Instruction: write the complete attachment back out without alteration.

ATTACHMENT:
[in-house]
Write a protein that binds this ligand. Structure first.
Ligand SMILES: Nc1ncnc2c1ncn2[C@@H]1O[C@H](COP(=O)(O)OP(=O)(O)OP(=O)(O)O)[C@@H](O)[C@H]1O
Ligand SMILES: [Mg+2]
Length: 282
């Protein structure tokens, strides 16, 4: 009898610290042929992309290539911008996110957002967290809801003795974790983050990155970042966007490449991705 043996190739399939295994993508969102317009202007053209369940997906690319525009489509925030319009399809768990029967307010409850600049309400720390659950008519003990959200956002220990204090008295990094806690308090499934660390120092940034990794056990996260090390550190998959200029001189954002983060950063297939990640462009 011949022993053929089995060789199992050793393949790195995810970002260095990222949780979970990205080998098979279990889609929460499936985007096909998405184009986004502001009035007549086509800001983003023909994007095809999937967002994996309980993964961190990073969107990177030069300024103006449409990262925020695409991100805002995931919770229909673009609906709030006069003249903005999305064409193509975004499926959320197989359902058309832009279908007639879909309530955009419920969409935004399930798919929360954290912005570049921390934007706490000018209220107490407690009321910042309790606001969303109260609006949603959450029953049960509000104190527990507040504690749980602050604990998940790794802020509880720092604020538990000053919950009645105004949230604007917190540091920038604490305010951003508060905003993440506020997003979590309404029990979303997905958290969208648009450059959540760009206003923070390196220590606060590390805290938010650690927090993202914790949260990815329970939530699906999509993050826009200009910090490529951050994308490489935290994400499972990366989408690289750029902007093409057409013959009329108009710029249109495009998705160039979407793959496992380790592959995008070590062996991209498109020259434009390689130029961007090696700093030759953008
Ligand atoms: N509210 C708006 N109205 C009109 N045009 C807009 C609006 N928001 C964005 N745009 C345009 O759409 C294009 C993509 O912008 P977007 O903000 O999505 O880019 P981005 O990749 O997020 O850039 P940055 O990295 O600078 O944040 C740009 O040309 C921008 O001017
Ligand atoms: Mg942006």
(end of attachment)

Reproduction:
[in-house]
Write a protein that binds this ligand. Structure first.
Ligand SMILES: Nc1ncnc2c1ncn2[C@@H]1O[C@H](COP(=O)(O)OP(=O)(O)OP(=O)(O)O)[C@@H](O)[C@H]1O
Ligand SMILES: [Mg+2]
Length: 282
């Protein structure tokens, strides 16, 4: 009898610290042929992309290539911008996110957002967290809801003795974790983050990155970042966007490449991705 043996190739399939295994993508969102317009202007053209369940997906690319525009489509925030319009399809768990029967307010409850600049309400720390659950008519003990959200956002220990204090008295990094806690308090499934660390120092940034990794056990996260090390550190998959200029001189954002983060950063297939990640462009 011949022993053929089995060789199992050793393949790195995810970002260095990222949780979970990205080998098979279990889609929460499936985007096909998405184009986004502001009035007549086509800001983003023909994007095809999937967002994996309980993964961190990073969107990177030069300024103006449409990262925020695409991100805002995931919770229909673009609906709030006069003249903005999305064409193509975004499926959320197989359902058309832009279908007639879909309530955009419920969409935004399930798919929360954290912005570049921390934007706490000018209220107490407690009321910042309790606001969303109260609006949603959450029953049960509000104190527990507040504690749980602050604990998940790794802020509880720092604020538990000053919950009645105004949230604007917190540091920038604490305010951003508060905003993440506020997003979590309404029990979303997905958290969208648009450059959540760009206003923070390196220590606060590390805290938010650690927090993202914790949260990815329970939530699906999509993050826009200009910090490529951050994308490489935290994400499972990366989408690289750029902007093409057409013959009329108009710029249109495009998705160039979407793959496992380790592959995008070590062996991209498109020259434009390689130029961007090696700093030759953008
Ligand atoms: N509210 C708006 N109205 C009109 N045009 C807009 C609006 N928001 C964005 N745009 C345009 O759409 C294009 C993509 O912008 P977007 O903000 O999505 O880019 P981005 O990749 O997020 O850039 P940055 O990295 O600078 O944040 C740009 O040309 C921008 O001017
Ligand atoms: Mg942006």